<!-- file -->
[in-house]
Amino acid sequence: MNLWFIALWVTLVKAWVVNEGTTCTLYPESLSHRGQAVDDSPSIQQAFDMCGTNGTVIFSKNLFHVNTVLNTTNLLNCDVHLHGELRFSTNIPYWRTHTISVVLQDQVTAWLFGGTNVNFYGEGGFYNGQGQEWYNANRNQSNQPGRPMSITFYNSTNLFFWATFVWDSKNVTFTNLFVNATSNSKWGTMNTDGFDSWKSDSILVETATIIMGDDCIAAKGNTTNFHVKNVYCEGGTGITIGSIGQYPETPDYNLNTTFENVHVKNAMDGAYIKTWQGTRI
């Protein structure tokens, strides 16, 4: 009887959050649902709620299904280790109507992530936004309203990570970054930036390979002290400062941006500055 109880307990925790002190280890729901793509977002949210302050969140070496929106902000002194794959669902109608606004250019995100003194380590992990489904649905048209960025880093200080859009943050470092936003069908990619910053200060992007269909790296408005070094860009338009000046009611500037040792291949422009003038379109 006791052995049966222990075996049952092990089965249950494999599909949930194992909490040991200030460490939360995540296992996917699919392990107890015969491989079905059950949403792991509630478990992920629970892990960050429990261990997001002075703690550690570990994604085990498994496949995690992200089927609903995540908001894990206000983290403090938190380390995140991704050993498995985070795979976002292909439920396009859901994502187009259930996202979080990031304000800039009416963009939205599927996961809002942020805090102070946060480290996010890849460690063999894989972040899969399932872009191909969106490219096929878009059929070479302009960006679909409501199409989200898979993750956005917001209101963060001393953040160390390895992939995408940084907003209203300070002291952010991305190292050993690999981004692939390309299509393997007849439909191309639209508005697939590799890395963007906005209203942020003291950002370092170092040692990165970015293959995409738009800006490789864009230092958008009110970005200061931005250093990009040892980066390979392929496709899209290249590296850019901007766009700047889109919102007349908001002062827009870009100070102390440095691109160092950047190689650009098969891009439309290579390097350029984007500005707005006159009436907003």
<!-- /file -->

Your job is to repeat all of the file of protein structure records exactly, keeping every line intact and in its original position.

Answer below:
[in-house]
Amino acid sequence: MNLWFIALWVTLVKAWVVNEGTTCTLYPESLSHRGQAVDDSPSIQQAFDMCGTNGTVIFSKNLFHVNTVLNTTNLLNCDVHLHGELRFSTNIPYWRTHTISVVLQDQVTAWLFGGTNVNFYGEGGFYNGQGQEWYNANRNQSNQPGRPMSITFYNSTNLFFWATFVWDSKNVTFTNLFVNATSNSKWGTMNTDGFDSWKSDSILVETATIIMGDDCIAAKGNTTNFHVKNVYCEGGTGITIGSIGQYPETPDYNLNTTFENVHVKNAMDGAYIKTWQGTRI
């Protein structure tokens, strides 16, 4: 009887959050649902709620299904280790109507992530936004309203990570970054930036390979002290400062941006500055 109880307990925790002190280890729901793509977002949210302050969140070496929106902000002194794959669902109608606004250019995100003194380590992990489904649905048209960025880093200080859009943050470092936003069908990619910053200060992007269909790296408005070094860009338009000046009611500037040792291949422009003038379109 006791052995049966222990075996049952092990089965249950494999599909949930194992909490040991200030460490939360995540296992996917699919392990107890015969491989079905059950949403792991509630478990992920629970892990960050429990261990997001002075703690550690570990994604085990498994496949995690992200089927609903995540908001894990206000983290403090938190380390995140991704050993498995985070795979976002292909439920396009859901994502187009259930996202979080990031304000800039009416963009939205599927996961809002942020805090102070946060480290996010890849460690063999894989972040899969399932872009191909969106490219096929878009059929070479302009960006679909409501199409989200898979993750956005917001209101963060001393953040160390390895992939995408940084907003209203300070002291952010991305190292050993690999981004692939390309299509393997007849439909191309639209508005697939590799890395963007906005209203942020003291950002370092170092040692990165970015293959995409738009800006490789864009230092958008009110970005200061931005250093990009040892980066390979392929496709899209290249590296850019901007766009700047889109919102007349908001002062827009870009100070102390440095691109160092950047190689650009098969891009439309290579390097350029984007500005707005006159009436907003």